It is the duty of men to judge men only by their actions. Our faculties furnish us with no means of arriving at the motive, the character, the secret self. We call the tree good from its fruits, and the man, from his works. Since we have no power, we have no right, to assign for the actions of our neighbor any other than those motives which ought in similar circumstances to guide our own. But because we are not able to discern the processes of thought, to see the soul – it were very ridiculous to doubt or deny that any beings can. It is not incredible, that, the thoughts of the mind are the subjects of perception to some beings, as properly, as the sounds of the voice, or the motions of the hand are to us. Indeed, every man’s feeling may be appealed to on this question, whether the idea, that other beings can read his thoughts, has not appeared so natural and probable, that he has checked sometimes a train of thoughts that seemed too daring or indecent, for any unknown beholders to be trusted with.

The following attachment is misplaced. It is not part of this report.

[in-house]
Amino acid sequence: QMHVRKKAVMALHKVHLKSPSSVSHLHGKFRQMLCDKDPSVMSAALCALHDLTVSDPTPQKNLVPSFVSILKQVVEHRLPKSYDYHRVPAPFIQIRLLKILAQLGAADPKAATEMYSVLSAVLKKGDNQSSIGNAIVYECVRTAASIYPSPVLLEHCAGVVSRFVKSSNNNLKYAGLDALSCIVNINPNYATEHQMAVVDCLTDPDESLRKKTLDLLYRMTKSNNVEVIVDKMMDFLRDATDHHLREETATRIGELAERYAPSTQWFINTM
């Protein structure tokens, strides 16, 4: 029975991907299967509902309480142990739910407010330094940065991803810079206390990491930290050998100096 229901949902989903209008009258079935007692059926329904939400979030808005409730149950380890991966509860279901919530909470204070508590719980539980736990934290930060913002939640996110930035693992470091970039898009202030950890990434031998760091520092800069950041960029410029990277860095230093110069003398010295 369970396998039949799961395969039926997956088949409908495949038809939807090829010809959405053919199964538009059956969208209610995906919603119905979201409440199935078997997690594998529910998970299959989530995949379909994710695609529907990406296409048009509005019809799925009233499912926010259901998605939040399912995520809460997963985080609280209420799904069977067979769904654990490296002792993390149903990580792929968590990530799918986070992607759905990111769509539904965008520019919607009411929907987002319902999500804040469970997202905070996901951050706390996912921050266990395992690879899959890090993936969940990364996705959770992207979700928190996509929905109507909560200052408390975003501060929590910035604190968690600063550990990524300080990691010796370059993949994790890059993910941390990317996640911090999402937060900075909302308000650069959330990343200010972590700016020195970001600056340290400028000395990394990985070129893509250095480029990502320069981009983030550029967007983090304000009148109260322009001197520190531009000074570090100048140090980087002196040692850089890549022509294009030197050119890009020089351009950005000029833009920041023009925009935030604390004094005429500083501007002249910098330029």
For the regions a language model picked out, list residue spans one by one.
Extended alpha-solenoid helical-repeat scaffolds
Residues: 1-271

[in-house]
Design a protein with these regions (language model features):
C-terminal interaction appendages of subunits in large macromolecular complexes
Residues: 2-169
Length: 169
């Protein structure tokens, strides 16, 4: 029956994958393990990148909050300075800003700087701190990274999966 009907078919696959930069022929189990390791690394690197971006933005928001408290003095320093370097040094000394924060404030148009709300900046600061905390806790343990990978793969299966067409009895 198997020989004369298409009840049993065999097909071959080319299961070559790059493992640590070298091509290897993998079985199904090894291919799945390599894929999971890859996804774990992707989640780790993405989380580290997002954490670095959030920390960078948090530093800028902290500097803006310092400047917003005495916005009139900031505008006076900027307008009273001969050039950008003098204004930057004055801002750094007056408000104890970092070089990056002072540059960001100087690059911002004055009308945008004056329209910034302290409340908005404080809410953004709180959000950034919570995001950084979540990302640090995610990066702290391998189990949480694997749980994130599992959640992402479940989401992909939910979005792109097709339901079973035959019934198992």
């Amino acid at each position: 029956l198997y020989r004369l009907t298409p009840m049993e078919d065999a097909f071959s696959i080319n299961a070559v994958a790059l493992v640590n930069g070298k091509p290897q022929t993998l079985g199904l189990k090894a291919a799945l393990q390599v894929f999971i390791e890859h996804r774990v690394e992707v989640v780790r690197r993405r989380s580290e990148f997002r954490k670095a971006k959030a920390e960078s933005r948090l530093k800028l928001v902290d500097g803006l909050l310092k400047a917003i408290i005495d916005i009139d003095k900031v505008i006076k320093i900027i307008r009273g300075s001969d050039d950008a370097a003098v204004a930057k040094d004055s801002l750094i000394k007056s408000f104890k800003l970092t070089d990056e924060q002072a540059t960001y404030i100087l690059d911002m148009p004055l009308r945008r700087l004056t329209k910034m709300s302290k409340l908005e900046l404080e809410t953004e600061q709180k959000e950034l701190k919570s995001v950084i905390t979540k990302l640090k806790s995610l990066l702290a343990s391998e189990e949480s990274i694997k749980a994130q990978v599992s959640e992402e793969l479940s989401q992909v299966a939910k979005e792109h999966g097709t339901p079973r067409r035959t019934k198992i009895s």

It ought to be distinctly felt by us that we stand in the midst of two worlds, the world of matter and the world of spirit. Our bodies belong to one; our thoughts to the other. It has been one of the best uses of the Christian religion to teach that the world of spirits is more certain and stable than the material universe. Every thoughtful man has felt that there was a more awful reality to thought and feeling, than to the infinite panorama of nature around him. The world he has found indeed consistent and uniform enough throughout the mixed sensations of thirty or forty years, but it seems to him at times, when the intellect is invigorated, to ebb from him, like a sea, and to leave nothing permanent but thought. Nevertheless it is a truth not easily nor early acquired, and the prejudice that assigns greater fixture and certainty to the material world is a source of great practical error. I need hardly remind you of the great points of this error. I need not ask you if the objects that every day are the cause of the greatest number of steps taken, or the greatest industry of the hands and the feet, the heart and the head, are the perishable things of sense, or the imperishable things of the soul; whether all this stir from day to day, from hour to hour of all this mighty multitude, is to ascertain some question dear to the understanding concerning the nature of God, the true constitution and destination of the human soul, the proper balance of the faculties and the proper office of each; or (what of immortal thought comes nearer to practical value) whether all men are eagerly intent to study the best systems of education for themselves and their children? Is it not rather the great wonder of all who think enough to wonder that almost all that sits near the heart, all that colors the countenance, and engrosses conversation at the family board are these humble things of mortal date, and in the history of the universe absolutely insignificant? Is it not outside shows, the pleasures of appetite, or at best of pride; is it not bread and wine and dress, and our houses, and our furniture, that give the law to the great mass of actions and words? This is the great error which the strong feeling of the reality of things unseen must correct. It is time greater force should be given to the statement of this doctrine; it is time men should be instructed that their inward is more valuable than their outward estate; that thoughts and passions, even those to which no language is ever given, are not fugitive undefined shadows, born in a moment, and in a moment blotted from the soul, but are so many parts of the imperishable universe of morals; they should be taught that they do not think alone; that when they retreat from the public eye, and hide themselves to conceal in solitude guilty recollections or guilty wishes, the great congregation of moral natures, the spirits of just men made perfect; angels and archangels; the Son of God, and the Father everlasting, open their eyes upon them and speculate on these clandestine meditations.